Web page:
Robeson Community College

Alumni Spotlight: Rob Jacobs, Class of 2003

Rob Jacobs, a Robeson County native, has made a career out of working with and empowering Native Americans.  Jacobs, a 2003 graduate of Robeson Community College, has a long history of enriching the lives of not just the Lumbee Native Americans but also other Native American Tribes.  Jacobs currently works for an Alaska Native Corporation as their national tribal business development executive and is an advisor to President Trump regarding Native American issues of importance.

It was shortly after graduation that Jacobs began his career working with Native Americans. “After leaving RCC, I worked at a few computer repair shops in the region, but I found my passion for helping the youth of the Lumbee tribe through my volunteer work at N.C. Indian Cultural Center,” Jacobs said.  Using that passion, he formed the Lumbee Tribe’s Youth Program with others help, including Rebekah Revels Lowery, Foundation Director at RCC.

“I was so grateful to Rob and John Oxendine for implementing the Lumbee Tribe Youth Program. The program was a huge success and became the catalyst for multiple avenues of involvement for Lumbee youth, the annual pow-wow “Dance of the Spring Moon”, and involvement of a youth track program at the United Tribes annual conference,” Lowery Said. “I am grateful for Rob’s leadership while at the Lumbee Tribe and now in his roles within all Native American communities.”

Once the youth program was established, Jacobs continue to bring resources to the area.  In 2004 he brought the Boys and Girls Clubs of America program to the Lumbee tribe and founded the Lumbee Spring Powwow, the largest powwow on the East Coast today.

After working in the tribal youth program, he transferred over to the tribe’s housing program to learn additional skills. He brought the 184 Indian Loan guarantee program to the tribe through a chance encounter at a conference.  “I became the #1 loan processor for HUD’s Office of Native American Programs in the entire country, helping dozens of Lumbee families achieve the American dream,” Jacobs said.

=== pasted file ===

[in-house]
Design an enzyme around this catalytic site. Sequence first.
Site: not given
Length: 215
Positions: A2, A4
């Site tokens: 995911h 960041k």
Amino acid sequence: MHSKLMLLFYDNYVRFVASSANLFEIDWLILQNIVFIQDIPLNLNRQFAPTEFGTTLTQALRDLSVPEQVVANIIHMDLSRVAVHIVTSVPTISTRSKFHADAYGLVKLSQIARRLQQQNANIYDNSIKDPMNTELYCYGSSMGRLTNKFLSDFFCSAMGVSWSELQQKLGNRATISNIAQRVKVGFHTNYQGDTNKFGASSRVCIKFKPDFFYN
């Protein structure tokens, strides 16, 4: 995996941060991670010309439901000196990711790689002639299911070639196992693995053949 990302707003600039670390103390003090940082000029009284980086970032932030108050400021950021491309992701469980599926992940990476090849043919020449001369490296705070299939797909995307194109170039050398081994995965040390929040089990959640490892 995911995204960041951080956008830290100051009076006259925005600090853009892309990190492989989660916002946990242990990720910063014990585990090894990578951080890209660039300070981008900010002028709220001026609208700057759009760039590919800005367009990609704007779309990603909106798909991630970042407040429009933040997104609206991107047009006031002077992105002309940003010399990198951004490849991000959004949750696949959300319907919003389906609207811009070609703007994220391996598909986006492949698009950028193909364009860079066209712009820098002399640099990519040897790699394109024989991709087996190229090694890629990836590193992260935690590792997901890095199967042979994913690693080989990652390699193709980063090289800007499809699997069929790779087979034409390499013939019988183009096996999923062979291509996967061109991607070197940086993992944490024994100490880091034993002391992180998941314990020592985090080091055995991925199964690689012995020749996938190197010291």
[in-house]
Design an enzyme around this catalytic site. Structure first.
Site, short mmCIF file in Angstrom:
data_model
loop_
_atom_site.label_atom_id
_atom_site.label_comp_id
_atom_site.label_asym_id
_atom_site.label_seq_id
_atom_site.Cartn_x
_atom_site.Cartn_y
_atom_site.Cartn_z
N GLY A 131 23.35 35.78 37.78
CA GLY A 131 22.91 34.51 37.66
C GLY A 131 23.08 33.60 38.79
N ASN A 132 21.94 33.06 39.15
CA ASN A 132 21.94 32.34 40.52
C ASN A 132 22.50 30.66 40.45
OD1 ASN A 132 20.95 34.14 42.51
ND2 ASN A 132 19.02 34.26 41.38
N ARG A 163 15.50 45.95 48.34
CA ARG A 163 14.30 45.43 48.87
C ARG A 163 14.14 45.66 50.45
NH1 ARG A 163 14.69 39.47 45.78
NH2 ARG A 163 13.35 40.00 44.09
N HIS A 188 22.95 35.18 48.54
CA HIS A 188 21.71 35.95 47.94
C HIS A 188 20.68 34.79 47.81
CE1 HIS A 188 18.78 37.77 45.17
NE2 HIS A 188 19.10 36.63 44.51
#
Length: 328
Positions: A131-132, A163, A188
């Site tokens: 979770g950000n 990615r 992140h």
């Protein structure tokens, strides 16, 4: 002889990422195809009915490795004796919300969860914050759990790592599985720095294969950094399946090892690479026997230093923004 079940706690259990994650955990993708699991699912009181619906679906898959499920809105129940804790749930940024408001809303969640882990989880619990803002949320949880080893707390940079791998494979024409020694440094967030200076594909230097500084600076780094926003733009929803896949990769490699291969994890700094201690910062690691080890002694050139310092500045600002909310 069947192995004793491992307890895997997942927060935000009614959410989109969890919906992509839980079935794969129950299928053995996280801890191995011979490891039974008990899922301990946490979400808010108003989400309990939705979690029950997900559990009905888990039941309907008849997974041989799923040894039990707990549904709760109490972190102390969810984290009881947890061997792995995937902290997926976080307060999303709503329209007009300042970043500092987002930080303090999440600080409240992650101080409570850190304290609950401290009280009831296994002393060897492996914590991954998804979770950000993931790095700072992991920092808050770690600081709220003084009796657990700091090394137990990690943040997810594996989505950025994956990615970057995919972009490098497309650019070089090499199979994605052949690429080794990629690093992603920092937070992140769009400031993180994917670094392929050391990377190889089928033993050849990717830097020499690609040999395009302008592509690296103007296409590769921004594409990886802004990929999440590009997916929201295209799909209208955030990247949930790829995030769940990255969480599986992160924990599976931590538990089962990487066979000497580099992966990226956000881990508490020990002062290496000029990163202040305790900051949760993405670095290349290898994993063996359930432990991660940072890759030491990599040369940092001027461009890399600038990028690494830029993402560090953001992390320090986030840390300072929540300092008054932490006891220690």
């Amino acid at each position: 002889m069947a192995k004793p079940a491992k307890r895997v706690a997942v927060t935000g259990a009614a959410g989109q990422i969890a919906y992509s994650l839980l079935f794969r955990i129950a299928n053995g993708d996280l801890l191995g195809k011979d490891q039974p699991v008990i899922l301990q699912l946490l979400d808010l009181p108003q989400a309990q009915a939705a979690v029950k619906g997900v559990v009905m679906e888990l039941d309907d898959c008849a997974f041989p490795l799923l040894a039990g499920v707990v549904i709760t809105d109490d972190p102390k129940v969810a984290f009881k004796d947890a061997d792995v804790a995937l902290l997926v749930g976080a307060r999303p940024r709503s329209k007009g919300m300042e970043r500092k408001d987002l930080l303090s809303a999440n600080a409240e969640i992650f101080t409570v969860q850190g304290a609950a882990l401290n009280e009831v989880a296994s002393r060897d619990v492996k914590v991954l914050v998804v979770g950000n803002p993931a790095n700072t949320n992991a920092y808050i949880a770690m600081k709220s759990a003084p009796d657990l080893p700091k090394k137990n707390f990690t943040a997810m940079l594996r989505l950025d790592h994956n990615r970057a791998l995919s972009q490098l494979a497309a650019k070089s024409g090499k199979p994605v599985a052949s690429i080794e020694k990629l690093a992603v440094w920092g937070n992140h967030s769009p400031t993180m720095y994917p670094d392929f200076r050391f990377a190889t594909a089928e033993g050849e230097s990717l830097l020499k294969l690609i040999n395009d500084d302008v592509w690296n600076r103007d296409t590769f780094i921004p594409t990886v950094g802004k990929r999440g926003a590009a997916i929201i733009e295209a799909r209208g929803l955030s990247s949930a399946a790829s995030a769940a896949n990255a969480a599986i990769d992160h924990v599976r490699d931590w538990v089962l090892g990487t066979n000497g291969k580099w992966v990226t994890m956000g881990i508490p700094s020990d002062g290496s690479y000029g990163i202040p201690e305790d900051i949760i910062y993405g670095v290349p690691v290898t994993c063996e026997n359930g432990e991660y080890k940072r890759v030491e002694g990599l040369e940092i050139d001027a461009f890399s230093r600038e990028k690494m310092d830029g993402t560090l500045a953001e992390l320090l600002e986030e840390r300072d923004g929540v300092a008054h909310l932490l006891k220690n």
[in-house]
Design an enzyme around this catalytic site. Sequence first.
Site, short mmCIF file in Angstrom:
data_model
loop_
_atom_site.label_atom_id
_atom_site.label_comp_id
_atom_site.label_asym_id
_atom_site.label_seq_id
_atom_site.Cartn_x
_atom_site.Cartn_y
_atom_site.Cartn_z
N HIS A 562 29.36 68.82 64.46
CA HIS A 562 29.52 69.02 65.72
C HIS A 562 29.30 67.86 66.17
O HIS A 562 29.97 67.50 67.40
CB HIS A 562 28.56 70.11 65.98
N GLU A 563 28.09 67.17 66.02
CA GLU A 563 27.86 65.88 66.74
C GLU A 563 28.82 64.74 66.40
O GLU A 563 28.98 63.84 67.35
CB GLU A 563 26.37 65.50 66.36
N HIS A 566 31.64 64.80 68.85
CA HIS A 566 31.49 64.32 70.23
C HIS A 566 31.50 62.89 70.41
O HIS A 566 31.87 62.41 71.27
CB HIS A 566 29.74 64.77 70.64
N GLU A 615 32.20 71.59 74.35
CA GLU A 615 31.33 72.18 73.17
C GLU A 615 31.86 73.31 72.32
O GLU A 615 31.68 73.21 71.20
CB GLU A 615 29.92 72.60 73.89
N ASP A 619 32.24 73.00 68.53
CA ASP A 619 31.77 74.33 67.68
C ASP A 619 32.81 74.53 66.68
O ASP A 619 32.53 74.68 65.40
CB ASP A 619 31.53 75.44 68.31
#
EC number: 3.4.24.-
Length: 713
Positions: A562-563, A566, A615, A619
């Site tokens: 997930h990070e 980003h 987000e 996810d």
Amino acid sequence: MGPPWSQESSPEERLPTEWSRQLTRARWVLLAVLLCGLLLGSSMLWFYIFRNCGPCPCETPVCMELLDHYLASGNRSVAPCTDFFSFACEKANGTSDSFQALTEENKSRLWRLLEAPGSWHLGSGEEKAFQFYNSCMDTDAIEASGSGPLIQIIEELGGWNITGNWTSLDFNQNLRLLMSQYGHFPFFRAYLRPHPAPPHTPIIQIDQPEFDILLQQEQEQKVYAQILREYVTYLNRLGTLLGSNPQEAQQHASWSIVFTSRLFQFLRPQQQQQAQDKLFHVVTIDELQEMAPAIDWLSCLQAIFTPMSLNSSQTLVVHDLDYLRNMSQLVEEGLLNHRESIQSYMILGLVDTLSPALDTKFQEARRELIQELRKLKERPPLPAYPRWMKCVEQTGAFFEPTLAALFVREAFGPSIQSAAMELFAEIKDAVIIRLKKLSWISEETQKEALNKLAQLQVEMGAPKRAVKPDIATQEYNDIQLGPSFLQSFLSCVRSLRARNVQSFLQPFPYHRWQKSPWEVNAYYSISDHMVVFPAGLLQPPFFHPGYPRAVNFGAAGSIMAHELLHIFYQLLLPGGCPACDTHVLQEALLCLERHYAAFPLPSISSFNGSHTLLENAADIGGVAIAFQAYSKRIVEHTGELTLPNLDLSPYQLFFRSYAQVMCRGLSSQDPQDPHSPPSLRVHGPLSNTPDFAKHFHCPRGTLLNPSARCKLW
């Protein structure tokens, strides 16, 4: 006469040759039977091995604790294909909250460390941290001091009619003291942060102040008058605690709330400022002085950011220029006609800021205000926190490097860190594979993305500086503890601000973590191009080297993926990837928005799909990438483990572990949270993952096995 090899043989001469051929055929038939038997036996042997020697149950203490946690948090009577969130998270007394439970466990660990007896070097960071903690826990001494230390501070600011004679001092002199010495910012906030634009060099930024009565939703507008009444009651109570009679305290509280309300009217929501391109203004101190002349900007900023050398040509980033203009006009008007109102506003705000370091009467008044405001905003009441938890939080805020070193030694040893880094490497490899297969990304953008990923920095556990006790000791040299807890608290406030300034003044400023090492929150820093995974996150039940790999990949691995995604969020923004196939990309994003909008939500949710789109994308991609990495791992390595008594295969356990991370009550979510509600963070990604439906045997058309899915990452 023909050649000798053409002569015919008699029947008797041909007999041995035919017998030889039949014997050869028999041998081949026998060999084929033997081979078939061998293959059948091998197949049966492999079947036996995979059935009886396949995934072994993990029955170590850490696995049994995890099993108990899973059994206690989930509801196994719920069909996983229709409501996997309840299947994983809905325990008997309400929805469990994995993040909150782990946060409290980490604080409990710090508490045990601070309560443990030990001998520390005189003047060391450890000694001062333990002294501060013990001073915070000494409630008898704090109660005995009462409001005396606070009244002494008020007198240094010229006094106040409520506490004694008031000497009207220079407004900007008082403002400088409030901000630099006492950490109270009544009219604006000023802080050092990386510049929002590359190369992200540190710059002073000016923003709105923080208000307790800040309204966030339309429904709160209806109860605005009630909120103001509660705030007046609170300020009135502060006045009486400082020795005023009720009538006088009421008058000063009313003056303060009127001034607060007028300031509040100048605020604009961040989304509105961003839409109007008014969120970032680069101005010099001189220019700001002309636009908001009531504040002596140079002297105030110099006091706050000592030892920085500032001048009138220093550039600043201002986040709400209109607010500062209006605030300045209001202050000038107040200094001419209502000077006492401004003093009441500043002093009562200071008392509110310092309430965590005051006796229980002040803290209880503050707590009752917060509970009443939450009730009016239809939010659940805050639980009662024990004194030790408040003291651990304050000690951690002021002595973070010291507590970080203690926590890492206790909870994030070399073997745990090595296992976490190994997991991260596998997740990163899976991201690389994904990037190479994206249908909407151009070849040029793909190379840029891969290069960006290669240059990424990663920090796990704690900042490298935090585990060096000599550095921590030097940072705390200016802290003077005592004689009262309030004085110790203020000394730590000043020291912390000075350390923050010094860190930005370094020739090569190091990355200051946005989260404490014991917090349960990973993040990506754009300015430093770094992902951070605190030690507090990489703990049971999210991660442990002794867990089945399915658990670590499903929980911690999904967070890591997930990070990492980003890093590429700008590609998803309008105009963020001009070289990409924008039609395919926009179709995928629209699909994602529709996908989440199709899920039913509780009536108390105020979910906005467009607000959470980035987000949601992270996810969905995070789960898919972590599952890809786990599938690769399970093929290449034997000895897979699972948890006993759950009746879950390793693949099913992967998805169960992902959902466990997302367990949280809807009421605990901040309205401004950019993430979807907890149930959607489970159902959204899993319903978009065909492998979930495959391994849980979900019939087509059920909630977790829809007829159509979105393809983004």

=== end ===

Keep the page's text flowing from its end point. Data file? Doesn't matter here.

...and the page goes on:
After a few years in Lumbee tribal housing, Jacobs had the opportunity to move to Connecticut to work for the wealthiest tribe in the country, the Mashantucket Pequot, at Foxwoods Casino in the host/ player development department. As a casino host, it was his job to take care of the wealthiest of the players and keep them coming back to the casino. “This had many benefits, one of which was the chance to sit down and pick the brain of these very successful people. These conversations changed my thinking, and I’ve used this new-found power of positive thinking over the years to create a pretty interesting career,” said Jacobs.

From Connecticut, he moved to Philadelphia to become a player development executive at Harrah’s.  From there, he moved to Florida to become the manager of player development for the Seminole Tampa resort/casino. While working at Seminole, Jacobs saw a new tribal magazine job posting that he said ended up changing his life.  Jacobs applied and became the national manager of business development for the Tribal Business Journal, the only tribally focused business magazine in America at the time.

He has met and befriended most every major mover and shaker in Indian Country business circles during his two years with the journal. Using those connections, Jacobs says he has created multiple business opportunities for tribes and native business owners. Fast forward four years in Indian Country business, and I now work for an Alaska Native Corporation as their national tribal business development executive from my home in Orlando, Florida and I’m also an advisor to President Trump regarding Native American issues of importance.

Jacobs credits his start to RCC.  At the age of 24, and after a six-year stint in the U.S. Air Force and Air Force Reserves, he knew he wanted to further his education but wasn’t sure where to begin. “After weighing the educational options in my community, clearly RCC was the clear choice for several reasons including financial value, flexibility so he could continue to work full time as well as the cutting-edge Information technology program with top notch I.T. professionals as professors.

Jacobs looks back at his time at RCC fondly. He says his best memories are of the staff. “From the late John Oxendine, who taught basic computing and would entertain us with stories of his classmate Michael Jordan while at UNC, to Ms. Ivey, who taught many of my networking classes and never allowed us to give up, to Ms. Pam Locklear in the business office who always offered a warm smile and a caring spirit, I will never forget how they made me feel as a student,” Jacobs said.

*Article written by Maureen Metzger ( and appeared in The Robesonian.

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